A few sharp-eyed readers questioned the validity of a technique that I used to demonstrate two ways to solve linear systems of equations. I generated a random *n* x *n* matrix and then proceeded to invert it, seemingly without worrying about whether the matrix even *has* an inverse!

I responded to the comments by saying that "the
set of singular (*n* x *n*) matrices has dimension *n*^{2} - 1 within [the set of all *n* x *n* matrices]. Therefore if you choose a matrix at random, you are going to choose a singular matrix with probability zero."

This article provides additional details. I assume throughout that the elements of the matrices are real numbers.

### Multiplicative inverses

What is a singular matrix? It is a matrix
that does not have a multiplicative inverse. That is, a square matrix *A* is singular if there is no square matrix *B* for which *AB = BA = I*.

Scalar matrices (*n=1*) are just real numbers. All real numbers have a multiplicative inverse except for zero. For *n > 1*, a matrix is invertible provided that the determinant of the matrix is not zero.

### The dimension of the space of singular matrices

How many singular matrices are there, relative to the nonsingular (invertible) matrices? For *n=1*, the solution is easy to visualize. There is one singular matrix (0) and the rest are nonsingular. The set of singular matrices is a point, which has dimension zero. The set of nonsingular matrices is one-dimensional, because it is the union of two intervals {x | x<0} and {x | x>0}. Therefore the dimension of the set of singular matrices is one less than the dimension of the set of nonsingular matrices.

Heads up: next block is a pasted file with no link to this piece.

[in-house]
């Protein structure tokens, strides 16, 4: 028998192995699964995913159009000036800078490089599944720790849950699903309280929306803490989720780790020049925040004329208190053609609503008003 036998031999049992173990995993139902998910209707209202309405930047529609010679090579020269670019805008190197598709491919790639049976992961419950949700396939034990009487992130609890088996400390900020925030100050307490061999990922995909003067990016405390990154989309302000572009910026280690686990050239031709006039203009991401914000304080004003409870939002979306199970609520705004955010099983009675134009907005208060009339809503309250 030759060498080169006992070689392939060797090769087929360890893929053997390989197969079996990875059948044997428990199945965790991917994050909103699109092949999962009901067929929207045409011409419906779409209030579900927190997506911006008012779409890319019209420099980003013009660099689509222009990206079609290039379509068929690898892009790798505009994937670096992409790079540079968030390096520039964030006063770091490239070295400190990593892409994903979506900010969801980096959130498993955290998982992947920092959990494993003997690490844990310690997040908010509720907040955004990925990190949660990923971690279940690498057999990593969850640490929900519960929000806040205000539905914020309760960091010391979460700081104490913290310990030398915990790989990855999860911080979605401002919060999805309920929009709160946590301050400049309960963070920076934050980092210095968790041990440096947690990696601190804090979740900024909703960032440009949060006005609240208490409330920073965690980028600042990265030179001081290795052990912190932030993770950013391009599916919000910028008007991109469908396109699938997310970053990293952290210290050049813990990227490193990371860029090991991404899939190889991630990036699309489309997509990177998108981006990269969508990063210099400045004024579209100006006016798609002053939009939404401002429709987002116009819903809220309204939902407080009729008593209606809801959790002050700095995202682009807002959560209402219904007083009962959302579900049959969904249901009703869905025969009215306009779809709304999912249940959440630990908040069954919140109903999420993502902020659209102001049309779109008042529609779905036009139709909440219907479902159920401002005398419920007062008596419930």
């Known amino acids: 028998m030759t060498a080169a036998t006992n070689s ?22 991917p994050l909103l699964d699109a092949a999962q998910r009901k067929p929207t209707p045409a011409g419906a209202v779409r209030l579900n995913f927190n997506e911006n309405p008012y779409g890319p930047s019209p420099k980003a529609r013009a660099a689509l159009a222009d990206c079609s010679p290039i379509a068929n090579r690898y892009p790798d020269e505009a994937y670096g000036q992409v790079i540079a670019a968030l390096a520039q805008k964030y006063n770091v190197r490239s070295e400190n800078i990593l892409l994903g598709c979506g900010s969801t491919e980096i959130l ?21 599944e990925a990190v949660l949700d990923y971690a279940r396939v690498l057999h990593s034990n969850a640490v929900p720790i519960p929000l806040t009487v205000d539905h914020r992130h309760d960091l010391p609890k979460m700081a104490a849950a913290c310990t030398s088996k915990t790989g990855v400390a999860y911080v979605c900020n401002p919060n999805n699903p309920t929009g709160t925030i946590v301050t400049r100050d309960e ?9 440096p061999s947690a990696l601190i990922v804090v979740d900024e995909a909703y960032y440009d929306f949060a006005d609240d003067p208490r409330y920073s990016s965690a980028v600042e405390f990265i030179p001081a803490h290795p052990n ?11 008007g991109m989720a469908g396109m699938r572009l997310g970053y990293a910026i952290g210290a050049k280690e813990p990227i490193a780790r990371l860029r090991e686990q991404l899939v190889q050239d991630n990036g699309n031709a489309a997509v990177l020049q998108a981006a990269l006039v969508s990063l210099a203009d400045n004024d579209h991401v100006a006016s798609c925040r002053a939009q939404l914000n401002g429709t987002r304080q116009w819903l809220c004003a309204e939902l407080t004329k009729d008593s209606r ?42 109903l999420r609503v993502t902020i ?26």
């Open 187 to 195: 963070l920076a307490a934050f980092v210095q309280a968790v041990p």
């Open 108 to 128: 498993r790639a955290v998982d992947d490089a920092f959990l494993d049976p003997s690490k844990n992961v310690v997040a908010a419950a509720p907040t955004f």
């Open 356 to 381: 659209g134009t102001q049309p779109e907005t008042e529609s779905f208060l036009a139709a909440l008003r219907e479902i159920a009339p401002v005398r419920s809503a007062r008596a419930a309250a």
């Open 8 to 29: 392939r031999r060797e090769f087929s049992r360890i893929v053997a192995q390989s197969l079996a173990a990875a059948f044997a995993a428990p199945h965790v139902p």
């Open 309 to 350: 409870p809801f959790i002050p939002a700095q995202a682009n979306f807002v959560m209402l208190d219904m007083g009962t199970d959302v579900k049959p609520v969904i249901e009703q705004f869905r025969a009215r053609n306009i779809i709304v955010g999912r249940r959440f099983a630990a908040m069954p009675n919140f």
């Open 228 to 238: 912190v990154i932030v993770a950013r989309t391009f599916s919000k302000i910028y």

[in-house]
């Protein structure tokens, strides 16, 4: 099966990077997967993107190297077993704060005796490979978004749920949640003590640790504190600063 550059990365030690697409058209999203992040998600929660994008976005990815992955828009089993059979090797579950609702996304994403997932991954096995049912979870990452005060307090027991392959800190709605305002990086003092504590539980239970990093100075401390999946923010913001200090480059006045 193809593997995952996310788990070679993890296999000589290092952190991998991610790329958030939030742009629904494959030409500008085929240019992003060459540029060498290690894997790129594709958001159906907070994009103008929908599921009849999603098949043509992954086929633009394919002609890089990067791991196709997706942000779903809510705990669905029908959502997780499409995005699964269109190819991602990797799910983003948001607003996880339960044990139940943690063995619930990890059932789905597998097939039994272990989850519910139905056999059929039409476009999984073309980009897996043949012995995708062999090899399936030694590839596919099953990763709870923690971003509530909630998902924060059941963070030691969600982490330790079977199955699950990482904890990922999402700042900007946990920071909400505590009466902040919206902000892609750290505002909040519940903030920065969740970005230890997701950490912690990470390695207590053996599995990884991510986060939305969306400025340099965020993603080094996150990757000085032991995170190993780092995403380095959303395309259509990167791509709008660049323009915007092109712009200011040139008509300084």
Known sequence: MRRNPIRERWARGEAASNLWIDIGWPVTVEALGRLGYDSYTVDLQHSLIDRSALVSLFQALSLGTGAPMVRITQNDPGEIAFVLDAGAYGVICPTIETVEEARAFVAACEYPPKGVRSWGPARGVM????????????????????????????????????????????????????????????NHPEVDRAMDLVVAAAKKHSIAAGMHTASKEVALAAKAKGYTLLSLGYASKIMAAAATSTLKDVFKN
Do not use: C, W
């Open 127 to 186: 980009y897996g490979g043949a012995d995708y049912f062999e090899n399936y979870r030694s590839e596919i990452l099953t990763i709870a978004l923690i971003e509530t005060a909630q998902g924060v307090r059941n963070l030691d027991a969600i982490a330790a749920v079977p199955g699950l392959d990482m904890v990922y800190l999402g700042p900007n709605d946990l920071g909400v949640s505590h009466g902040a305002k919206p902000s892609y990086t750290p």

For *n = 2*, the set of all *2* x *2* matrices is equivalent to four-dimensional Euclidean space. The determinant vanishes for a singular matrix, therefore the set of singular matrices is equivalent to the set of points {(a,b,c,d} | ac-bd=0}. This is a three-dimensional surface in four-dimensional space. The standard visualization technique for a 3D surface is to slice the surface along the first dimension and looking at the two-dimensional surfaces that result. For each fixed value of *a ≠ 0*, the slice is a simple quadratic surface known as a hyperbolic paraboloid. For *a = 0*, the surface is the union of the two planes {c=0} and {d=0}.

In general, the dimension of the set of singular matrices is one less than the dimension of the set of invertible matrices. The reason is that the determinant of a matrix is a multivariable polynomial of its elements. It is shown in courses in multivariable calculus that the zero set of a (nonzero) polynomial is a set in the domain of the function that has measure zero.
(For example, see Fleming (1977), *Functions of Several Variables* (Second Edition), p. 155.)
This is obvious in the case of univariate polynomials: the zeros of a polynomial are points, which are zero dimensional subsets of the real line. For a polynomial function of two variables, the zero sets are (generically) the union of curves. For quadratic polynomials, these curves have familiar names: circles, ellipses, hyperbolas, and so forth.

Why is this important? Because if you choose a matrix at random, it will be singular with probability zero.

### Moving from real to finite-precision arithmetic

"But, Rick," someone might object, "the computer doesn't compute with real numbers. How do things change when you move to finite precision arithmetic?"

The answer is that the probability of generating a set of singular matrices is no longer zero. It is now a finite—but very small!—probability.